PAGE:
Dinosaur Park: Primeval Zoo is mainly about the cute dinosaurs, but also about an amusement park. Therefore, funny NPCs can’t be missing in the game. And who is behind all the funny characters? At upjers these are of course created by some graphic artists. We picked Björn for Meet The Artist Monday. He created the concepts for the NPCs at the very beginning of the development phase. And these were his “example characters”:
How did you come up with these characters? Were there any specifications from the game design team?
Björn: “The game design specifications were actually quite simple: cartoon characters that fit into an amusement park. I then simply imagined a family that you would find at classic holiday destinations: a cuddly dad in a Hawaiian shirt, a lively mom with organizational talent, the selfie-making teenage daughter, the dinosaur fan brother, the cute little sister, and the single uncle who accompanies the family. “
Are these characters represented like that exactly in the game?
Björn: “No, this first concept is only used for finding a style. These drafts were further processed by my colleagues. We need a style guide that specifies the look of the NPCs, dinosaurs and the other assets, so that the graphic style of the game is uniform – despite the different graphic artists working on it. Therefore, such images are created in the early development phase of a game.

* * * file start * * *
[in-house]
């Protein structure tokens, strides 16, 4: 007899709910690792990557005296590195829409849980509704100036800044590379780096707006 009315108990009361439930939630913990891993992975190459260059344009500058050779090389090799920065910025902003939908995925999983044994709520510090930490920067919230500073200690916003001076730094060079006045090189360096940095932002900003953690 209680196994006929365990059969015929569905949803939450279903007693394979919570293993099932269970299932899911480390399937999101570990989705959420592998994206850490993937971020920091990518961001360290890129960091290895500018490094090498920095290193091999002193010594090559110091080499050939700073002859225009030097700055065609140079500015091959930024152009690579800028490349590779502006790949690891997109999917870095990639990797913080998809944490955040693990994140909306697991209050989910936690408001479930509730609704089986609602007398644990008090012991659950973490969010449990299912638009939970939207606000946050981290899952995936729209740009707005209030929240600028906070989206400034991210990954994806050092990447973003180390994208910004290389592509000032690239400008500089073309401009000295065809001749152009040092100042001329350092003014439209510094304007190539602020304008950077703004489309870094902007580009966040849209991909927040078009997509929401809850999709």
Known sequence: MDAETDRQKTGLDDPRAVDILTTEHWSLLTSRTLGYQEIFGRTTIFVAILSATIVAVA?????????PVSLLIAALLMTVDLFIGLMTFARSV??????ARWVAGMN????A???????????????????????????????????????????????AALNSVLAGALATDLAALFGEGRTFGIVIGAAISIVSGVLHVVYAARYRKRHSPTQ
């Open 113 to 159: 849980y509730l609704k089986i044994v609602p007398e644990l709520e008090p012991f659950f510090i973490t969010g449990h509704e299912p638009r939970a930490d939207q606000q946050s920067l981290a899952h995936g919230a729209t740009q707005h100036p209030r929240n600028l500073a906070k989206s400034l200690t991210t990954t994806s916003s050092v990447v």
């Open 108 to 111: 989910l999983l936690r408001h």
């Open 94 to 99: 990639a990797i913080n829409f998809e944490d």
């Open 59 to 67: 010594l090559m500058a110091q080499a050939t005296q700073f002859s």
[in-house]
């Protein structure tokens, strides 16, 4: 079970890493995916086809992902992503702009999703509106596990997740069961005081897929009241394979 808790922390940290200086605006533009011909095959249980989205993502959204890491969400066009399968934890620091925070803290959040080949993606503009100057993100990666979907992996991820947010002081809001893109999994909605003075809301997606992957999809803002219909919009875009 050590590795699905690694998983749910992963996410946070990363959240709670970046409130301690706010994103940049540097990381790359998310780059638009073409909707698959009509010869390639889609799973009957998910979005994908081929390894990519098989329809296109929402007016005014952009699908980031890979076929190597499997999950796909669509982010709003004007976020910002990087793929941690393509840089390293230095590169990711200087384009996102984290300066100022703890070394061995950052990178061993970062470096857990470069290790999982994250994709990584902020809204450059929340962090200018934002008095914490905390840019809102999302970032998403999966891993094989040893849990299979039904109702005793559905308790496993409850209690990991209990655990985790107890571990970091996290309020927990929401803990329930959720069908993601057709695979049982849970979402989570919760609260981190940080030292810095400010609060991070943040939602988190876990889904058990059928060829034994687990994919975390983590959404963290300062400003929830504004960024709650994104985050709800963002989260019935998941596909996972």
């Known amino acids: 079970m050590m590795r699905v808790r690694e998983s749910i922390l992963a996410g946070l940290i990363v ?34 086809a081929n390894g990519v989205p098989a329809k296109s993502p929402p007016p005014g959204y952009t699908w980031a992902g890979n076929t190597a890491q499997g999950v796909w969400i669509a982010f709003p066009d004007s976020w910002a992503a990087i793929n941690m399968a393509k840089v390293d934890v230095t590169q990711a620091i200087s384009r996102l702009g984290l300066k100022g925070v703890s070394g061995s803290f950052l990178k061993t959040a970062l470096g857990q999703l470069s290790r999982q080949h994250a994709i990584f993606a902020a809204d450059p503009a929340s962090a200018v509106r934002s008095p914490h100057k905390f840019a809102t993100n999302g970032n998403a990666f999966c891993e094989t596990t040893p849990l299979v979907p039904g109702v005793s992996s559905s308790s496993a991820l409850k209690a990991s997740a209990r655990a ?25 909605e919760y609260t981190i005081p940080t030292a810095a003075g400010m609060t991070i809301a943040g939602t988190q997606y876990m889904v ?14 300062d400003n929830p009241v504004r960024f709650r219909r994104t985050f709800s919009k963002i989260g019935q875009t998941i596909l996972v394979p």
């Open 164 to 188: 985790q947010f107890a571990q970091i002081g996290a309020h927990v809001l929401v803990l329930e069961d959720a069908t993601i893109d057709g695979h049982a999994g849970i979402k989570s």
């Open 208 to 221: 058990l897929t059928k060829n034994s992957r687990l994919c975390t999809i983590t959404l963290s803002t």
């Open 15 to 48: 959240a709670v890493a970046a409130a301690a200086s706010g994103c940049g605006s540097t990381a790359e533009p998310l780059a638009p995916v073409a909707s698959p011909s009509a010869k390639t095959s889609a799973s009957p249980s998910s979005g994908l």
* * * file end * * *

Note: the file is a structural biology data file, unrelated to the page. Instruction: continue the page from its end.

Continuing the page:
Were there any special challenges when creating the NPCs for Dinosaur Park: Primeval Zoo?
Björn: “Absolutely, because the dinosaurs are of course the stars of the game. The NPCs should therefore take a step back, but still be likable. In addition, the representation of the NPCs in the game is rather small – therefore their design has to be created in a way which makes them recognizable at first glance. This can be achieved by using a silhouette that is slightly over the top. For example, I created a granny in the game as a small round figure, which can be easily recognized from every perspective now. However, assets such as a colorful Hawaiian shirt or a balloon held in a hand also help to set striking accents.”
Have you ever included an Easter egg into a character design?
Björn: “You could say that. Coincidentally, on Pride Day, I had the task of designing a new Dino Park visitor. I put her into a sweater with a rainbow pattern.”
More articles on the game development of Dinosaur Park: Primeval Zoo